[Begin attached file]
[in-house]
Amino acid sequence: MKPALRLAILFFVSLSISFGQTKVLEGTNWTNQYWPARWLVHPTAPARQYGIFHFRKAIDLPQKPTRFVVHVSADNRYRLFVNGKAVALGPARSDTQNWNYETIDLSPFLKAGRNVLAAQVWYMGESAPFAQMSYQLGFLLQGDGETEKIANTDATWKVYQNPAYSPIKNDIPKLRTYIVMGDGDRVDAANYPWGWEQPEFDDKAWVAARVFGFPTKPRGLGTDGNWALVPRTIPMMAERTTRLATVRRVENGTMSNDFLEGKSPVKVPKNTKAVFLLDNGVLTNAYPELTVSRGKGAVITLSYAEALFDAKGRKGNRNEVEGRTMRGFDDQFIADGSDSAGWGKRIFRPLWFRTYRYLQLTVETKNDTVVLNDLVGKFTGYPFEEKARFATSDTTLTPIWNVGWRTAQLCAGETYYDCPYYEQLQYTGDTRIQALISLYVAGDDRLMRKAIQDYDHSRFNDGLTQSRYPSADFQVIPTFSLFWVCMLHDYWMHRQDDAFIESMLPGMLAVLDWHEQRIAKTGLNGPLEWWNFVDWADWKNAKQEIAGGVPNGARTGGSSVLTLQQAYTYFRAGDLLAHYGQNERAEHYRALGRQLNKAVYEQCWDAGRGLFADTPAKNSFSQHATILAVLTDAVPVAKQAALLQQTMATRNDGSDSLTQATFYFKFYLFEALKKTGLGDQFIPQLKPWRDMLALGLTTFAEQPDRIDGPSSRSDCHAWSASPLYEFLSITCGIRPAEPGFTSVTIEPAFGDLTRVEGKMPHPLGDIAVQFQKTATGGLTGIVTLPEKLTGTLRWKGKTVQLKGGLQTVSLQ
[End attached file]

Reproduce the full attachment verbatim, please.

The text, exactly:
[in-house]
Amino acid sequence: MKPALRLAILFFVSLSISFGQTKVLEGTNWTNQYWPARWLVHPTAPARQYGIFHFRKAIDLPQKPTRFVVHVSADNRYRLFVNGKAVALGPARSDTQNWNYETIDLSPFLKAGRNVLAAQVWYMGESAPFAQMSYQLGFLLQGDGETEKIANTDATWKVYQNPAYSPIKNDIPKLRTYIVMGDGDRVDAANYPWGWEQPEFDDKAWVAARVFGFPTKPRGLGTDGNWALVPRTIPMMAERTTRLATVRRVENGTMSNDFLEGKSPVKVPKNTKAVFLLDNGVLTNAYPELTVSRGKGAVITLSYAEALFDAKGRKGNRNEVEGRTMRGFDDQFIADGSDSAGWGKRIFRPLWFRTYRYLQLTVETKNDTVVLNDLVGKFTGYPFEEKARFATSDTTLTPIWNVGWRTAQLCAGETYYDCPYYEQLQYTGDTRIQALISLYVAGDDRLMRKAIQDYDHSRFNDGLTQSRYPSADFQVIPTFSLFWVCMLHDYWMHRQDDAFIESMLPGMLAVLDWHEQRIAKTGLNGPLEWWNFVDWADWKNAKQEIAGGVPNGARTGGSSVLTLQQAYTYFRAGDLLAHYGQNERAEHYRALGRQLNKAVYEQCWDAGRGLFADTPAKNSFSQHATILAVLTDAVPVAKQAALLQQTMATRNDGSDSLTQATFYFKFYLFEALKKTGLGDQFIPQLKPWRDMLALGLTTFAEQPDRIDGPSSRSDCHAWSASPLYEFLSITCGIRPAEPGFTSVTIEPAFGDLTRVEGKMPHPLGDIAVQFQKTATGGLTGIVTLPEKLTGTLRWKGKTVQLKGGLQTVSLQ